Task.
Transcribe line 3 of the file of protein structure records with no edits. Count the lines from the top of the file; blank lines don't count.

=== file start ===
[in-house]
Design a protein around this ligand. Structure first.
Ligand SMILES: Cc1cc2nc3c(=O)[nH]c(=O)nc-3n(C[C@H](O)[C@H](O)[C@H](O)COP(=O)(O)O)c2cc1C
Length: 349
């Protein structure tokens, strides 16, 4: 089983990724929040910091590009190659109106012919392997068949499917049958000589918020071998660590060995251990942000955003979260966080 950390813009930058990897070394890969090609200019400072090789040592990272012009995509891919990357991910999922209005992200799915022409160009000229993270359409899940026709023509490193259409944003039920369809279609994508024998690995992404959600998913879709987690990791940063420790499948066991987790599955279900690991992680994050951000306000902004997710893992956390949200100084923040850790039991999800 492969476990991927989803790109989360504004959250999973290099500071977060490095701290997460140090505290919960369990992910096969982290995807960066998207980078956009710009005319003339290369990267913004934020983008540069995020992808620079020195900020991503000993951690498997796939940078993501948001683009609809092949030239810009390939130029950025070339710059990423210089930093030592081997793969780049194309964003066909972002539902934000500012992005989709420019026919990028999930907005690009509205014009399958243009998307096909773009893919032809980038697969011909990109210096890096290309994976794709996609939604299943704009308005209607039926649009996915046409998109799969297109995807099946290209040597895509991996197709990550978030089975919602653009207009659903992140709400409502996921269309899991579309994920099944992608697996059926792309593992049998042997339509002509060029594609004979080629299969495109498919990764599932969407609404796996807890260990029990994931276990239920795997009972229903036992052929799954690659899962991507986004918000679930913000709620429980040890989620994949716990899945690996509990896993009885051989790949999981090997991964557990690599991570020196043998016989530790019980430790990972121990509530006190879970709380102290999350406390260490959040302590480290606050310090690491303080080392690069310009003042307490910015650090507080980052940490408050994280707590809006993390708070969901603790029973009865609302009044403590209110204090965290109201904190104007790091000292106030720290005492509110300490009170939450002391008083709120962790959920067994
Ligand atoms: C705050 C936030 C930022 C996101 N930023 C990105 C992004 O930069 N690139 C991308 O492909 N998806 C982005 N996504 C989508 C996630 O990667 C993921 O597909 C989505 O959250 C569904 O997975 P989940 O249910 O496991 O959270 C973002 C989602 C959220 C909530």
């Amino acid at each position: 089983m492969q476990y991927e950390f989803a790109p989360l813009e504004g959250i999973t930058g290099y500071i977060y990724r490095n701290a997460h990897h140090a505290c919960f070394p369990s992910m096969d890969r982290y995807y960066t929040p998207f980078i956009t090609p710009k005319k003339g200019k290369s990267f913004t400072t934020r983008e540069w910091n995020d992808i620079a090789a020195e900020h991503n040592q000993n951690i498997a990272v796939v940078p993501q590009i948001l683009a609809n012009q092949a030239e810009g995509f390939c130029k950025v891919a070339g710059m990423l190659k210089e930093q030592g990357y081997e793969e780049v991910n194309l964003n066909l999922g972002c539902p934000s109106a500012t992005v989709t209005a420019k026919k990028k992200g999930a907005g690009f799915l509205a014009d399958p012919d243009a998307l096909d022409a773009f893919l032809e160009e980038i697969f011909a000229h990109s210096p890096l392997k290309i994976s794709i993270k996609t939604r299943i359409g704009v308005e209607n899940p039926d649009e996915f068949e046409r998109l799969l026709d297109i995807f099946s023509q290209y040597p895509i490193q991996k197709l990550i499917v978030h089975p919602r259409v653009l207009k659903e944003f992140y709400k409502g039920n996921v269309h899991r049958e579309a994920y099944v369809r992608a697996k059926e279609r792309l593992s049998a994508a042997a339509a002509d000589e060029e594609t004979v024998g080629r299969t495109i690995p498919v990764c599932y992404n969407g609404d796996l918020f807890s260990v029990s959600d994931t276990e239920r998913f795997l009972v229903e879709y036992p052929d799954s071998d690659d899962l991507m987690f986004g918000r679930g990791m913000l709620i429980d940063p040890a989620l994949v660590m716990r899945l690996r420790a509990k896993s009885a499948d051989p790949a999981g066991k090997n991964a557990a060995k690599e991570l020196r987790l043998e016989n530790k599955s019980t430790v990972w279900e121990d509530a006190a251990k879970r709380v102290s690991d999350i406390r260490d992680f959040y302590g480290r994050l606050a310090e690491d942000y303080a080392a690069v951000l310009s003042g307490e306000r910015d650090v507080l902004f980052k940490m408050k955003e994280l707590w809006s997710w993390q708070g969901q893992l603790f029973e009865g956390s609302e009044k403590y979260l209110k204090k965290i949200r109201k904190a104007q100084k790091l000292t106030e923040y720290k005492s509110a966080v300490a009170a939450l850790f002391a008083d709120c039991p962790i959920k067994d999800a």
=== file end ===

Ligand SMILES: Cc1cc2nc3c(=O)[nH]c(=O)nc-3n(C[C@H](O)[C@H](O)[C@H](O)COP(=O)(O)O)c2cc1C